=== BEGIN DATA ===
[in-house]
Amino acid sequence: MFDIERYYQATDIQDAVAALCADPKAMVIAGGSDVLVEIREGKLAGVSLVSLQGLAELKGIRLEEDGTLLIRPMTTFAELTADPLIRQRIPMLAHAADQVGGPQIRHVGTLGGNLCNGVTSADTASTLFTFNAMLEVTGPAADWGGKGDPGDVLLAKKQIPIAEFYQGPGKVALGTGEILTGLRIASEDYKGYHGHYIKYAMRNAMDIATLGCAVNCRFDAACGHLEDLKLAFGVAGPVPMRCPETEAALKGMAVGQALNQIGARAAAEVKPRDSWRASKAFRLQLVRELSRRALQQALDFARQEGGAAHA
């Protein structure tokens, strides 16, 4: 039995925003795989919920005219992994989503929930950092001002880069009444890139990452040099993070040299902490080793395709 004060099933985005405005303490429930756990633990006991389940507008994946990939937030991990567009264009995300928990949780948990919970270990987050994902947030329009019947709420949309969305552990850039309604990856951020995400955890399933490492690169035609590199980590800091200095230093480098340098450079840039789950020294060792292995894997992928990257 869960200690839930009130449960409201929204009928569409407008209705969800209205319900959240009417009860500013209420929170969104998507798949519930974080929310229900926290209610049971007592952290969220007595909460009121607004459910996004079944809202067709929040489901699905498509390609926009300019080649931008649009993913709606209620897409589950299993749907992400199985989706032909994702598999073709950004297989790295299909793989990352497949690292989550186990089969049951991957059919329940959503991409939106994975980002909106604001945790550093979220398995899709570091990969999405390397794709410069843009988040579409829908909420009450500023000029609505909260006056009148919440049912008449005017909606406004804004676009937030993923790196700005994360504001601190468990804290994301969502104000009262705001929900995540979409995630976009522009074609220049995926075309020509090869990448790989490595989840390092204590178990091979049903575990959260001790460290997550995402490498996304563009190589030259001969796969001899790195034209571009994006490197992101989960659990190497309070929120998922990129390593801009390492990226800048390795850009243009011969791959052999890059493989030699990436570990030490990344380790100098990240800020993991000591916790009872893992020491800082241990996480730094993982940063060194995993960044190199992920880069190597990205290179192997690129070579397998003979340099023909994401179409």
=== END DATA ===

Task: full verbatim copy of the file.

[in-house]
Amino acid sequence: MFDIERYYQATDIQDAVAALCADPKAMVIAGGSDVLVEIREGKLAGVSLVSLQGLAELKGIRLEEDGTLLIRPMTTFAELTADPLIRQRIPMLAHAADQVGGPQIRHVGTLGGNLCNGVTSADTASTLFTFNAMLEVTGPAADWGGKGDPGDVLLAKKQIPIAEFYQGPGKVALGTGEILTGLRIASEDYKGYHGHYIKYAMRNAMDIATLGCAVNCRFDAACGHLEDLKLAFGVAGPVPMRCPETEAALKGMAVGQALNQIGARAAAEVKPRDSWRASKAFRLQLVRELSRRALQQALDFARQEGGAAHA
């Protein structure tokens, strides 16, 4: 039995925003795989919920005219992994989503929930950092001002880069009444890139990452040099993070040299902490080793395709 004060099933985005405005303490429930756990633990006991389940507008994946990939937030991990567009264009995300928990949780948990919970270990987050994902947030329009019947709420949309969305552990850039309604990856951020995400955890399933490492690169035609590199980590800091200095230093480098340098450079840039789950020294060792292995894997992928990257 869960200690839930009130449960409201929204009928569409407008209705969800209205319900959240009417009860500013209420929170969104998507798949519930974080929310229900926290209610049971007592952290969220007595909460009121607004459910996004079944809202067709929040489901699905498509390609926009300019080649931008649009993913709606209620897409589950299993749907992400199985989706032909994702598999073709950004297989790295299909793989990352497949690292989550186990089969049951991957059919329940959503991409939106994975980002909106604001945790550093979220398995899709570091990969999405390397794709410069843009988040579409829908909420009450500023000029609505909260006056009148919440049912008449005017909606406004804004676009937030993923790196700005994360504001601190468990804290994301969502104000009262705001929900995540979409995630976009522009074609220049995926075309020509090869990448790989490595989840390092204590178990091979049903575990959260001790460290997550995402490498996304563009190589030259001969796969001899790195034209571009994006490197992101989960659990190497309070929120998922990129390593801009390492990226800048390795850009243009011969791959052999890059493989030699990436570990030490990344380790100098990240800020993991000591916790009872893992020491800082241990996480730094993982940063060194995993960044190199992920880069190597990205290179192997690129070579397998003979340099023909994401179409």